I also have a Musicman HD65. Good clean tone. Whimpy reverb compared to the Fender. I put a 12" JBL D120F in it. Southern-fried chicken-pickin' to the max!
    You might check out a good used Sunn, like a 100s or Solarus or Sceptre. All tube, great clean sound, built like a tank. Ditto with the Traynor MkIII...a Twin on steroids!
  8. idiophone

    idiophone Guest

    The only amp I know that sounds great with Fenders and Gibsons is a Fender Bassman. You can find reproductions of them in boutique shops. I have a Holland Gibb Droll, and it's fantastic.

    I know that's probably not in your price range, but it helps to have an idea of what the best amp is, and work down from there.

  9. RAIN0707

    RAIN0707 Guest

    I played a Peavey Triple X head and now I play a Peavey JSX Head. By far the best amp I have ever played. Beats the crap out of my Mesa Dual Rectifier and my Marshall JCM800 (and I loved my Marshall). The only amp I have played that I can get a better tone out of is the new Hughes and Kettner Triamp MkII but those are like 3,000 bucks. Too much for me.
  10. Hardtailed

    Hardtailed Guest

    For recording, more power is useless. However, an amp with a 8" speaker will sound harsh IMHO. For me, nothing beats a 12" speaker for guitar, so I'd limit my list to strictly 1X12 or 2X12 combos. Might want to throw Traynor in the mix though (a YCV50 Blue or a YCV20 are interesting flavors). But it's really up to you to decide what sounds the best to you. I can attest that the Traynors are very reliable (having used 2 YCV80 on the road for a couple years).

    BTW Kurt: yes newer amps are cheapily built, but they're not that fragile: my Marshall JCM2000 DSL50 use PCB too and gets banged around quite often (we gig every weekend and carry our stuff in a trailer) and recently was sent flying through the air from the top of the cab, landed a good 10-12 ft further and was left exposed to heavy rain for a few minutes. It still works and sounds awesome!

    I wouldn't advise a Marshall combo though (at least not the newer ones), to me they sounds like pure $*^t (really different than the stacks) and some have overheating issues. God intended Marshalls to be used in stacks.
  11. frob

    frob Well-Known Member

    Apr 23, 2004
    a good amp with a lot of tones is the crate v12 (you have to get one off ebay) if take one of thies and put you flavor tubes in it and switch out that little reverb spring its got, then you got a great little recording amp.

    i know for the most part crate amps arnt that good but this one blew me away.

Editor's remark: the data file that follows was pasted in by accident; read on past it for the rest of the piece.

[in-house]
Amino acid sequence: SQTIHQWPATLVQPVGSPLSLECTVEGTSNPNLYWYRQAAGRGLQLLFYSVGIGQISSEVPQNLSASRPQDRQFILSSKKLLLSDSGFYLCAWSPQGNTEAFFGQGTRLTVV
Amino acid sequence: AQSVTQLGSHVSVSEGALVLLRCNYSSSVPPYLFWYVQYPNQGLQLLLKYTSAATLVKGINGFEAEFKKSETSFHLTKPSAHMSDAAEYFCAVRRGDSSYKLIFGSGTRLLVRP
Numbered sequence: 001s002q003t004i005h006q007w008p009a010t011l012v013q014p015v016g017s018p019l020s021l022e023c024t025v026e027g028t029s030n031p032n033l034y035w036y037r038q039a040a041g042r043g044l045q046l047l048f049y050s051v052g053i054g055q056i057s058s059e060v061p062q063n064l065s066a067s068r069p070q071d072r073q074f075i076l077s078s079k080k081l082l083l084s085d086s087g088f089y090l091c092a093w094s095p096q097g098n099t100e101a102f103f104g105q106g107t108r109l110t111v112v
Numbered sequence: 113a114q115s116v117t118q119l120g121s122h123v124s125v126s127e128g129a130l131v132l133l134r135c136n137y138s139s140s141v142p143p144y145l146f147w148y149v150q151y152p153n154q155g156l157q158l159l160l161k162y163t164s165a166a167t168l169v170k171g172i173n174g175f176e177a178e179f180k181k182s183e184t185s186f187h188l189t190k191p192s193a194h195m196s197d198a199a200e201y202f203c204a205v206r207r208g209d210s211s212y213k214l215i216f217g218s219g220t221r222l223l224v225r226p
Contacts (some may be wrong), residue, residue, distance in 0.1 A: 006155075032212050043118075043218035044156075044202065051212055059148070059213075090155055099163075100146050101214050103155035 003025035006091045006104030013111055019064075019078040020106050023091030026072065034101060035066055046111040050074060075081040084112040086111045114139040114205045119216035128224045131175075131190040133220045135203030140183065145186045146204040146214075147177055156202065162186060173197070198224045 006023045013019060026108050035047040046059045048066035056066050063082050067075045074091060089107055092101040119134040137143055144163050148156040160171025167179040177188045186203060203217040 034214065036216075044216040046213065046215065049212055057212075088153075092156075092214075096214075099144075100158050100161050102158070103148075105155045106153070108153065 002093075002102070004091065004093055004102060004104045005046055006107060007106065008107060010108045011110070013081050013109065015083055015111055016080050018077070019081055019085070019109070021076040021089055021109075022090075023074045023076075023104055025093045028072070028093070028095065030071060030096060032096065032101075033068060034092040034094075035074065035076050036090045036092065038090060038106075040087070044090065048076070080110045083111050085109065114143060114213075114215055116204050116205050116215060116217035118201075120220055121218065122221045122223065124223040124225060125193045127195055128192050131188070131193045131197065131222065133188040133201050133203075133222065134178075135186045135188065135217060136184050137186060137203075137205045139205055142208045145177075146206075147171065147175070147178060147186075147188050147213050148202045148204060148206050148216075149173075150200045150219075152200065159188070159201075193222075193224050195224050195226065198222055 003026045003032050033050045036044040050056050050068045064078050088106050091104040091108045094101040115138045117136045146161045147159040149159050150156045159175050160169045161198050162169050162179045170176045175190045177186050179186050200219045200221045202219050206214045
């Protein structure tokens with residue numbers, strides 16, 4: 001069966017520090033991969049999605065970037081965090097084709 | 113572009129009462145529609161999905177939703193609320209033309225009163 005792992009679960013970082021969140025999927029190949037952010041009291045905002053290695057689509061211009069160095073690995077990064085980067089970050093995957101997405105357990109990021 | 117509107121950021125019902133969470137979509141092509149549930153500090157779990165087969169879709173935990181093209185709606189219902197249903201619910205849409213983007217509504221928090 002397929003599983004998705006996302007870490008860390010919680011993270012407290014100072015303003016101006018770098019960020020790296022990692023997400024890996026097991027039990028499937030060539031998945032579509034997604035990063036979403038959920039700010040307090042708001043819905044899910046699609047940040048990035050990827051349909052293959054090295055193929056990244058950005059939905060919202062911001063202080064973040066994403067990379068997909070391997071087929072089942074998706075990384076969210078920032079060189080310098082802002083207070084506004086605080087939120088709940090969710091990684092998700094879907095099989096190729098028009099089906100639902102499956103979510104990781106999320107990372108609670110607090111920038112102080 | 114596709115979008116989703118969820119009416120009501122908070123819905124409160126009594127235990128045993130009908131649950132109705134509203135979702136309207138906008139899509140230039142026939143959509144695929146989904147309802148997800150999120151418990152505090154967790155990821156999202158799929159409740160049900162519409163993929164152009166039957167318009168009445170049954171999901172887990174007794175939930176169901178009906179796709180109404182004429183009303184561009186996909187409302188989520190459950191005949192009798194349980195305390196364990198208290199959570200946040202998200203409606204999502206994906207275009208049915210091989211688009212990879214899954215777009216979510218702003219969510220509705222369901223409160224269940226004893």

12. RAIN0707

    RAIN0707 Guest

    I just think a lot of people don't necessarily know how to capture the sound of a 4x12. You can't stick the mic right up on the grill and expect to get the same sound you hear when you are in the room playing. 4x12 cabs are designed to PROJECT sound and therefor you have to place the mic further away to get the full spectrum coming out that cab. I have recorded my amp playing through a small 1x12 as an extension speaker and recorded it with an sm57 and recorded my 4x12 with an sm57 and the results are night and day. It's very hard to fake or coax the sound of a good tube head and half stack out of a 1x12 unless you layer and double the hell out of it. Adding those lower resonant frequencies later in the DAW just isn't the same. But hey, that's just my opinion.
  13. tedcrop

    tedcrop Guest

    I just bought a Boogie mite from Torres engineering. It is a 3 watt amp that you can crank and get a great tone and it is not shaking the room. We have been micing it with a royer 121 and are getting some excellent tones through it.

    He is supposed to be coming out with a 3 watt marshall that I will be all over. Laugh if you must but you don't have to crank the amp to get a good recording

    My buddy has a Carr Mercury which is a stellar recording amp for all.
  14. I use a modded Crate GFX-212 loaded with 12" Eminence Cannibis Rex speakers (hemp cones, if you couldn't tell from the name). The only effect I use on it's the chorus, but both of its overdrive channels sound good. You have to get to know the controls though, because they tend to make big jumps where one place might be more of a turn to "fine tune" the setting while another place is "barely even pet it".